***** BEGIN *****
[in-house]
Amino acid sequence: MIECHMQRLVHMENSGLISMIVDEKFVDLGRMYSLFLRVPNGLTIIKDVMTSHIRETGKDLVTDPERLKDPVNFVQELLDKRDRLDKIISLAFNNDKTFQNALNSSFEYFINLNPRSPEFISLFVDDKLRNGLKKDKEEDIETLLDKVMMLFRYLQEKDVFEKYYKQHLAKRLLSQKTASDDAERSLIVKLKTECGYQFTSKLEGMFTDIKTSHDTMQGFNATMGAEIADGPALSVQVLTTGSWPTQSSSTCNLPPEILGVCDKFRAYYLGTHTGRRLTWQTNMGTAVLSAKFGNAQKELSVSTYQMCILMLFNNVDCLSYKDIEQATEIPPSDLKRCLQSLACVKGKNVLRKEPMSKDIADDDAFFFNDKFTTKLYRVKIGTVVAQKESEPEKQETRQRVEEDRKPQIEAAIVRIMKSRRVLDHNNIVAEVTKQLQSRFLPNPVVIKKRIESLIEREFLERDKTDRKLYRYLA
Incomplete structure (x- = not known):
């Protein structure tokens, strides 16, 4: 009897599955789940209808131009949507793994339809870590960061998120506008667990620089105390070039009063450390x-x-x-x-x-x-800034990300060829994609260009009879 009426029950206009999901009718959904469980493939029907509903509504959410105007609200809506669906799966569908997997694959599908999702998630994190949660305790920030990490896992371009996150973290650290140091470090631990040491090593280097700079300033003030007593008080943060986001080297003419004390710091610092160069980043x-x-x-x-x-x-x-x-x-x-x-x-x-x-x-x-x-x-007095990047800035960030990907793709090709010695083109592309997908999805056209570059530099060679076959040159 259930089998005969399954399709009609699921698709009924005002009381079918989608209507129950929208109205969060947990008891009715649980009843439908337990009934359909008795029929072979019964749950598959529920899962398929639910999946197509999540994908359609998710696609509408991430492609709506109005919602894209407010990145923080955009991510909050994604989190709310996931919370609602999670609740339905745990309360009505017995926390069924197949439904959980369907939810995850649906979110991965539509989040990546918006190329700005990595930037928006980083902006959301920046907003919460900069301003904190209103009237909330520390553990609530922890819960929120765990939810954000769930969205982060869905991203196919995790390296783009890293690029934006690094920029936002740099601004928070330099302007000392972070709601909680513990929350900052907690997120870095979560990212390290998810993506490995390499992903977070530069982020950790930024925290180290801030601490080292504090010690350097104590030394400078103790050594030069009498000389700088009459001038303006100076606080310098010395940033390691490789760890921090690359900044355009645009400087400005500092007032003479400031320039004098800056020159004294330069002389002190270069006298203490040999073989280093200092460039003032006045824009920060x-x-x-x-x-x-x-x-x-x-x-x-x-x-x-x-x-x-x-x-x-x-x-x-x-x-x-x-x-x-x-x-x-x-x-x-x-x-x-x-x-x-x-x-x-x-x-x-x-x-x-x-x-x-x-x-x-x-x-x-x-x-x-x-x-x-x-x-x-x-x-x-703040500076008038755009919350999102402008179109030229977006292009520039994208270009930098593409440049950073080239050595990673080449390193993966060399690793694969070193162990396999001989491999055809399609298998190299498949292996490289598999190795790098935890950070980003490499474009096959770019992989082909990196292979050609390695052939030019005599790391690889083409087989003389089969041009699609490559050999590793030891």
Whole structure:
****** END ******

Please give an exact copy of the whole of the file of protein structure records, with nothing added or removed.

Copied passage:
[in-house]
Amino acid sequence: MIECHMQRLVHMENSGLISMIVDEKFVDLGRMYSLFLRVPNGLTIIKDVMTSHIRETGKDLVTDPERLKDPVNFVQELLDKRDRLDKIISLAFNNDKTFQNALNSSFEYFINLNPRSPEFISLFVDDKLRNGLKKDKEEDIETLLDKVMMLFRYLQEKDVFEKYYKQHLAKRLLSQKTASDDAERSLIVKLKTECGYQFTSKLEGMFTDIKTSHDTMQGFNATMGAEIADGPALSVQVLTTGSWPTQSSSTCNLPPEILGVCDKFRAYYLGTHTGRRLTWQTNMGTAVLSAKFGNAQKELSVSTYQMCILMLFNNVDCLSYKDIEQATEIPPSDLKRCLQSLACVKGKNVLRKEPMSKDIADDDAFFFNDKFTTKLYRVKIGTVVAQKESEPEKQETRQRVEEDRKPQIEAAIVRIMKSRRVLDHNNIVAEVTKQLQSRFLPNPVVIKKRIESLIEREFLERDKTDRKLYRYLA
Incomplete structure (x- = not known):
């Protein structure tokens, strides 16, 4: 009897599955789940209808131009949507793994339809870590960061998120506008667990620089105390070039009063450390x-x-x-x-x-x-800034990300060829994609260009009879 009426029950206009999901009718959904469980493939029907509903509504959410105007609200809506669906799966569908997997694959599908999702998630994190949660305790920030990490896992371009996150973290650290140091470090631990040491090593280097700079300033003030007593008080943060986001080297003419004390710091610092160069980043x-x-x-x-x-x-x-x-x-x-x-x-x-x-x-x-x-x-007095990047800035960030990907793709090709010695083109592309997908999805056209570059530099060679076959040159 259930089998005969399954399709009609699921698709009924005002009381079918989608209507129950929208109205969060947990008891009715649980009843439908337990009934359909008795029929072979019964749950598959529920899962398929639910999946197509999540994908359609998710696609509408991430492609709506109005919602894209407010990145923080955009991510909050994604989190709310996931919370609602999670609740339905745990309360009505017995926390069924197949439904959980369907939810995850649906979110991965539509989040990546918006190329700005990595930037928006980083902006959301920046907003919460900069301003904190209103009237909330520390553990609530922890819960929120765990939810954000769930969205982060869905991203196919995790390296783009890293690029934006690094920029936002740099601004928070330099302007000392972070709601909680513990929350900052907690997120870095979560990212390290998810993506490995390499992903977070530069982020950790930024925290180290801030601490080292504090010690350097104590030394400078103790050594030069009498000389700088009459001038303006100076606080310098010395940033390691490789760890921090690359900044355009645009400087400005500092007032003479400031320039004098800056020159004294330069002389002190270069006298203490040999073989280093200092460039003032006045824009920060x-x-x-x-x-x-x-x-x-x-x-x-x-x-x-x-x-x-x-x-x-x-x-x-x-x-x-x-x-x-x-x-x-x-x-x-x-x-x-x-x-x-x-x-x-x-x-x-x-x-x-x-x-x-x-x-x-x-x-x-x-x-x-x-x-x-x-x-x-x-x-x-703040500076008038755009919350999102402008179109030229977006292009520039994208270009930098593409440049950073080239050595990673080449390193993966060399690793694969070193162990396999001989491999055809399609298998190299498949292996490289598999190795790098935890950070980003490499474009096959770019992989082909990196292979050609390695052939030019005599790391690889083409087989003389089969041009699609490559050999590793030891």
Whole structure: